The Debt Trap: Factors That Have Led Us To Our Debt
We're a nation of borrowers. This reality is quite well illustrated by the personal stories and profiles covered by various media publications on the subject of consumer debt. Recently, The New York Times published a series on debt, which I found to be both highly intriguing and sobering, as it shed light on the plight of debtors and took a peek at our saving and borrowing habits. When I hear and read about these debt stories, I sense a common thread in the discussion, as people ponder what got them into this kind of trouble in the first place. In many cases, we point fingers at lenders, banks and credit card companies for creating financial products and developing an environment that is conducive to lending and borrowing (and that which allows us to shoot ourselves in the foot).
Let's review how we've found ourselves so heavily in debt as a nation of consumers.
In the past, it was simply too easy for consumers to obtain access to credit. Not long ago, I remember the slew of 0% interest credit card offers that would invade my mailbox. Because credit was so easy to get, consumers figured out how to leverage their credit card rewards as well as balance transfer cards in order to make money. Many tried to perform credit card arbitrage by taking out cash advances and balance transfers from these cards, then investing the amounts into a rising stock market. This was just one of those things you'd consider to be a "sign of the times." Of course, things are different today, but the 2000s was a decade during which our debt ballooned due to these types of products. Subprime loans, jumbo mortgages and other forms of costly debt are inventions of our capitalistic society; these are high-risk financial tools which countless consumers have used and gambled with, often with dire results.
Need for instant gratification
As a society, we're quite an impatient lot. It's ingrained in us to be able to get immediate access to the things we covet, even if we can't really afford these things at the moment. We live in a highly consumerist society that encourages materialism and is not ashamed of excess. Have you seen just how huge the portions are served in most American restaurants? It's all about more, more, more right now! So it's often the case that funds that should wisely be funneled into high interest savings accounts or into high yield savings are instead being used to keep up with the Joneses, a syndrome that many of us harbor, and which has caused many a household to fall into debt.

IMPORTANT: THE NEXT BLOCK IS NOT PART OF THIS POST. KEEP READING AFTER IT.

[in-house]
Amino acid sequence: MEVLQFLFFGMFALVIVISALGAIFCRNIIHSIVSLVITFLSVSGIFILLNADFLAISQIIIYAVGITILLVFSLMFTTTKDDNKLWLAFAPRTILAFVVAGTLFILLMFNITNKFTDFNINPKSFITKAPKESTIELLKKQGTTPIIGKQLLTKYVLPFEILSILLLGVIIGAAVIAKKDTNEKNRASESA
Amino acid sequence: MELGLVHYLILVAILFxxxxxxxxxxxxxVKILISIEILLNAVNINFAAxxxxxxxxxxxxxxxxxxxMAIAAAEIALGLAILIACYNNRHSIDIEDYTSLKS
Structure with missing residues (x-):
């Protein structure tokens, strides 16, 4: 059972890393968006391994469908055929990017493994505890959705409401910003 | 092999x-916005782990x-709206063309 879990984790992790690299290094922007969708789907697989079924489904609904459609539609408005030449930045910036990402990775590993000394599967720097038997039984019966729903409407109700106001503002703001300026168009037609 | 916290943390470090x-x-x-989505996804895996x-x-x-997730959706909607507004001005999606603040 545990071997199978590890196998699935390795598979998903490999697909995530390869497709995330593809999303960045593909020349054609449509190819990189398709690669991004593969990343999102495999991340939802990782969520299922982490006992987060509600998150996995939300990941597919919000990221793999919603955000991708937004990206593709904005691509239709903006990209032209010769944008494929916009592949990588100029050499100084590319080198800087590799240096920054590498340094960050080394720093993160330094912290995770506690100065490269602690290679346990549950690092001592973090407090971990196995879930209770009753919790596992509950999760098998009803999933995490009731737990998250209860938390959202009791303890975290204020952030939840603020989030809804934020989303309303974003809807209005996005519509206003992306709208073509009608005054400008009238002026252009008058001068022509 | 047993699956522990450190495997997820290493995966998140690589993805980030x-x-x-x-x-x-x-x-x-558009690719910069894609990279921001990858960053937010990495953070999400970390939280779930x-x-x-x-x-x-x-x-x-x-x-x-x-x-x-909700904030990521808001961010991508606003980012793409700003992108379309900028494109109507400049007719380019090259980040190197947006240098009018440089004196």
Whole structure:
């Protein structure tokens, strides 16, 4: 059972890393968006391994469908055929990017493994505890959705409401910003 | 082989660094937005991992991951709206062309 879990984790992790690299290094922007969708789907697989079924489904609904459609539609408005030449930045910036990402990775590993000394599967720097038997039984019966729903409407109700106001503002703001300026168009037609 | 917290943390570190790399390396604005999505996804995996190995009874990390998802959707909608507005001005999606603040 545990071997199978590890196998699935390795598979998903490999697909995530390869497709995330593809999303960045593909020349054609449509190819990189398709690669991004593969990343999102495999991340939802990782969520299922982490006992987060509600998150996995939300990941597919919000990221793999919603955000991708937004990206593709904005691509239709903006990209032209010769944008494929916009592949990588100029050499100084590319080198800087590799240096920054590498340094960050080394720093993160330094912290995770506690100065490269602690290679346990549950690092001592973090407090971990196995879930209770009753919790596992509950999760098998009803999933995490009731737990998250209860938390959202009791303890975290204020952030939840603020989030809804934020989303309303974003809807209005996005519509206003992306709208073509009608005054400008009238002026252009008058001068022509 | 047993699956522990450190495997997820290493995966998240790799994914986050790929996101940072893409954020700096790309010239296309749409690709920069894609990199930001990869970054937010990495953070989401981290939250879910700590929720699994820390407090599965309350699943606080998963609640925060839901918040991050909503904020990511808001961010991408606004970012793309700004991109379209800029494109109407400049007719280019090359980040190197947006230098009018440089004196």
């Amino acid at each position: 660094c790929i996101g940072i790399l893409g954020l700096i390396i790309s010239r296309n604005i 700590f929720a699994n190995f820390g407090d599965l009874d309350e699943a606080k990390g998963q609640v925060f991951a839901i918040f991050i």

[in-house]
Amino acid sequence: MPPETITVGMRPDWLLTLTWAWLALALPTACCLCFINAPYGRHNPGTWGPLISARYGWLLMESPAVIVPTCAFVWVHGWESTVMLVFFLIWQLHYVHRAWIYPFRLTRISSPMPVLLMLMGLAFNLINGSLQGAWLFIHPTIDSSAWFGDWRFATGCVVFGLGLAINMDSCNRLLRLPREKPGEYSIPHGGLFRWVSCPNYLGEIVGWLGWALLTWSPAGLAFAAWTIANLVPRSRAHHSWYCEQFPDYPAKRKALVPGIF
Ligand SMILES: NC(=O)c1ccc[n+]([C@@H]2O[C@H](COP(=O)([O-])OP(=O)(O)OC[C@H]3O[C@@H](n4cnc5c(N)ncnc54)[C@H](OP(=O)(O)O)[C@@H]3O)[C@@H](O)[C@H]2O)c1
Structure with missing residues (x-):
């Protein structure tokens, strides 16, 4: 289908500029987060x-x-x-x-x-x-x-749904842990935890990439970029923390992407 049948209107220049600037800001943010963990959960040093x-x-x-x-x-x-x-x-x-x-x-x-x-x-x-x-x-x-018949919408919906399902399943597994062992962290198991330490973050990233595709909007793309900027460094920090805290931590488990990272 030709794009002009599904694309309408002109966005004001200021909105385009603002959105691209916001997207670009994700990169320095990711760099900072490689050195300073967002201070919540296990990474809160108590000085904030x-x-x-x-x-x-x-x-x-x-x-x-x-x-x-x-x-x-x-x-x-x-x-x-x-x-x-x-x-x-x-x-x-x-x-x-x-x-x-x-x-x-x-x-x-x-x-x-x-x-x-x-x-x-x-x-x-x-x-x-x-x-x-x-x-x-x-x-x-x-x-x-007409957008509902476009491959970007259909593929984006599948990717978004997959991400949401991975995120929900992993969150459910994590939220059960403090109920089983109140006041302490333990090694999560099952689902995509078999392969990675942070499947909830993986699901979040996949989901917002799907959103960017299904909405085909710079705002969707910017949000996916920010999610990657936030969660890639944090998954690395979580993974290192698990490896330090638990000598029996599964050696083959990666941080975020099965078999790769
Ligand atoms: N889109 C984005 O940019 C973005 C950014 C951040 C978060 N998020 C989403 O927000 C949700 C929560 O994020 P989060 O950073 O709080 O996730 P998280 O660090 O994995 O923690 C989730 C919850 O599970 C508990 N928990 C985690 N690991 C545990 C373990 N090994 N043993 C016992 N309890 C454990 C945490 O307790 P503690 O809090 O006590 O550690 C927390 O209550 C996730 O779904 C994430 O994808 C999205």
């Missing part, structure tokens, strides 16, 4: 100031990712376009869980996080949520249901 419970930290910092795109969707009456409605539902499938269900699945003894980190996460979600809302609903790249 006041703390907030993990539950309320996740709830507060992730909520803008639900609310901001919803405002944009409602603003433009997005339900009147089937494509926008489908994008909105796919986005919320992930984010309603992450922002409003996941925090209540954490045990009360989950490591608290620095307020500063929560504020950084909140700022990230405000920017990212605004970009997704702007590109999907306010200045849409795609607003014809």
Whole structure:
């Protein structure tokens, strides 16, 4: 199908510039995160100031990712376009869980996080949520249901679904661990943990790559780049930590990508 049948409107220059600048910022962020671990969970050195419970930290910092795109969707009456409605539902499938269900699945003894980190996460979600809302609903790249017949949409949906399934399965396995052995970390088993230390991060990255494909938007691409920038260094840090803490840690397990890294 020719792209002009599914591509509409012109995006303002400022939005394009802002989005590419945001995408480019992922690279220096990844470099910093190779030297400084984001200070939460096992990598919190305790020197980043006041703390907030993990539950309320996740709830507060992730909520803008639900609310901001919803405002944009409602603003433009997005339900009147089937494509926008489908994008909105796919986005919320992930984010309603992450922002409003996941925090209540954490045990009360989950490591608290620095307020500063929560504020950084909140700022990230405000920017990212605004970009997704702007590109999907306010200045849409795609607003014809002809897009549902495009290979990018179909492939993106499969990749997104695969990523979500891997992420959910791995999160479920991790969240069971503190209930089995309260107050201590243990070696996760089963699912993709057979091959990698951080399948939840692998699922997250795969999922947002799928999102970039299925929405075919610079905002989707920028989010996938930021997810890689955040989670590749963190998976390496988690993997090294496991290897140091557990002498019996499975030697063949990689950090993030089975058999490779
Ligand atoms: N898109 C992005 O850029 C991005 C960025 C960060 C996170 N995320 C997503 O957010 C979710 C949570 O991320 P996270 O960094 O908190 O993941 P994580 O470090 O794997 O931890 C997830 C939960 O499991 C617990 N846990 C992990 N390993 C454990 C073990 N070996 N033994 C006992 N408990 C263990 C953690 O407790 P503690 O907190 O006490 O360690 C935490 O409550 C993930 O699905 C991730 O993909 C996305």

Lack of financial education
I don't believe that we're giving our finances enough priority; after all, personal finance isn't given importance in schools. A lot of us don't learn about finance while in school and instead are picking it up through experience and trial and error. Unfortunately, this lack of understanding and awareness about money management can make us vulnerable to making many financial mistakes, particularly those that land us squarely into the depths of debt. We should take it upon ourselves to learn the ropes: you can become informed and educated for free, if you check out libraries and the Internet for financial material and resources such as money management tools, budgeting tools and investment software that are available at no cost.
Lack of accountability
I don't think we're accountable enough for ourselves either. It's too easy to procrastinate about our finances, go in denial or sweep things under the rug when we get into trouble. But also detrimental is when we can't take responsibility for our own actions and mistakes. We readily blame the government or the financial industry for causing the rifts in our economy, but we're just as guilty about causing the crisis as they are. Both lenders and borrowers contributed to the subprime lending boom, subsequent bust and credit crisis, but guess who's getting the lion's share of the blame?
Debt as a cultural phenomenon
You've heard the saying "it's the American Way," a statement most applicable when referencing our relationship with consumer debt. In other cultures, debt is heavily frowned upon and is only gingerly used by households. But in America, debt is socially acceptable and ingrained in our culture; it carries no stigma. If bankruptcy, foreclosure, debt and being broke are things we easily accept in our culture and way of life, then these aren't things we'd readily condemn (or worry about) until too late or until we're forced to face the painful consequences.
When the economy blew up last year, it prompted the government to start making some changes; they've since introduced policies that help regulate the financial industry to some degree (e.g. credit card rules) but in many respects, it's still pretty much "business as usual." Instead of worrying about what the Fed or Obama is going to do next, we should focus on the things we have control over, and take responsibility for our own financial predicaments.
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